Nearly every school in Jefferson County has switched to remote learning through Thanksgiving, with targeted return dates of Nov. 30.
And with cases of COVID-19 rising rapidly — more than 70 added in the past week, with 84 active infections and five hospitalizations — the Public Health Department announced Monday it can no longer keep up with contact tracing and will restrict the process to household members and those in high risk groups.
Montana City, Clancy, Boulder, Basin and Whitehall elementary schools, as well as Whitehall middle and high schools, all made this decision based on COVID-19 cases or close contacts in the school.
Jefferson High School remains in person at this time, according to Superintendent Tim Norbeck.
Basin, with its 21 students, went remote on Nov. 5 due to what started as a close contact and then turned into an active COVID-19 case, said Supervising Teacher Stephanie Listoe, who reported that she was also in quarantine last week.
Listoe said the school could have resumed in-person instruction on Nov. 19 — the end of the 14-day quarantine period — but they already have remote learning on Friday, and with just two
days of school the next week due to Thanksgiving, it made sense to wait until Nov. 30.
Listoe said the majority of students have internet access, with about four to five using paper packets. She said that her staff won’t know the impact of those using the paper packets until they return on Nov. 30.
Boulder Elementary announced its intention to go remote on Nov. 11.
In a letter to parents, Superintendent and Principal Maria Pace said the switch to remote was due to a staff member testing positive, a person who had traveled between all of the school’s learning pods.
When it comes to being connected, Pace said the school has hotspots for families who needed the service through Montana Internet.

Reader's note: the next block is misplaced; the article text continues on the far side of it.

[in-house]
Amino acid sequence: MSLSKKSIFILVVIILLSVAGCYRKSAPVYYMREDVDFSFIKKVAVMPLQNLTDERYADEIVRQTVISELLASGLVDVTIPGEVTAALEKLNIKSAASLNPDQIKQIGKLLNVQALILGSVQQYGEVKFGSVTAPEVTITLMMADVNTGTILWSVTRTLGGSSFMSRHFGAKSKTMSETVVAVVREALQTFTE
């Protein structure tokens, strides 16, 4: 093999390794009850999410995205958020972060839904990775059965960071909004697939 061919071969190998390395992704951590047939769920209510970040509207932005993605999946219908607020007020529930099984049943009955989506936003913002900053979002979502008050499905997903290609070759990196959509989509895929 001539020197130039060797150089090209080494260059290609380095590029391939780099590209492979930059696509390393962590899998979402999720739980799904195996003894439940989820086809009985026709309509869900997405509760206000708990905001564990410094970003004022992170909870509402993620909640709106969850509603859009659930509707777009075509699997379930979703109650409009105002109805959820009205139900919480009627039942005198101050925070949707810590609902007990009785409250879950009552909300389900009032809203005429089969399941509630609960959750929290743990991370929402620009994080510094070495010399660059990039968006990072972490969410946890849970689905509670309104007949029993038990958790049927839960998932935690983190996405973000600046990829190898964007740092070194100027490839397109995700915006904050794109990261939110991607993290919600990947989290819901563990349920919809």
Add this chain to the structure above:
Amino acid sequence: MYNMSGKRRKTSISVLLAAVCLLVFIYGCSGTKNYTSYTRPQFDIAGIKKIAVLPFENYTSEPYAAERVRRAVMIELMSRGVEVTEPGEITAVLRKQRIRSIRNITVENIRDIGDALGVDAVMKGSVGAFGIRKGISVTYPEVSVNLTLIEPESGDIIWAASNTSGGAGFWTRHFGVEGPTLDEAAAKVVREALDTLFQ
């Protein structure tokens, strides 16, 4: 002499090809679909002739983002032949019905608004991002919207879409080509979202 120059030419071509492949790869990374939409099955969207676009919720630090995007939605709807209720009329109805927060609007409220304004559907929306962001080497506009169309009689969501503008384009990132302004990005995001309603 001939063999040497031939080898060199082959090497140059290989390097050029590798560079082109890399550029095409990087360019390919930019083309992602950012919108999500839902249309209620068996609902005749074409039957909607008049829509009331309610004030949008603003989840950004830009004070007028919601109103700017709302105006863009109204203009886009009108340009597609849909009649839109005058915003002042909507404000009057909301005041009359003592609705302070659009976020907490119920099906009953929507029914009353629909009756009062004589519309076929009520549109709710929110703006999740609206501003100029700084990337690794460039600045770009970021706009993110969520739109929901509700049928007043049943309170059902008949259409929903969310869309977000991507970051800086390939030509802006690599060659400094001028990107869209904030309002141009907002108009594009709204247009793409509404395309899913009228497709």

At Montana City School, which went fully remote on Nov. 10, some classrooms had already experienced the switch earlier this year due to COVID-19, so the transition to fully remote was eased by the staffers who had experienced it before, said K-2/6-8 Principal Daryl Mikesell.
As a result, the school was able to iron out any issues and share those findings with their colleagues, said Mikesell.
There were a few bumps in the road, such as passwords and accessibility, but nothing major that the school hasn’t been able to work through, said Mikesell.
The school did expand its inventory of jetpacks/mobile hotspots from 15 to 30 devices and those are being deployed, said Mikesell.
Montana City was alerted last week by the Jefferson County Public Health Department that there was a high potential for school-wide exposure.
Clancy Superintendent David Selvig said the transition to remote went smoothly.
“Staff have been preparing students for this possibility … We planned this summer to have equipment available if this situation arose. So we are one to one with devices from second through eighth grade,” he said.
During a Community Transition Advisory Committee meeting last week, Whitehall Superintendent Hannah Nieskens said her district opted to give parents a few days notice before going remote, which began Monday and with a Nov. 30 return date.
On that day, Nov. 12, Nieskens reported that 25% of her staff was either in isolation or quarantine, and 18% of on-site students were the same.
Those who have tested positive are put in isolation, while those who are close contacts, but not yet positive, are put into quarantine.
Nieskens said the situation at the schools puts to rest any question of whether COVID-19 is in Whitehall.
“It is for sure going around our community,” she said, adding that everyone she knows who has been tested has come up positive.
“We’re shutting down to let everyone get well,” said Nieskens, who was appointed to Governor-elect Greg Gianforte’s COVID-19 Task Force.
Reporter Bridget Weigel contributed to this report.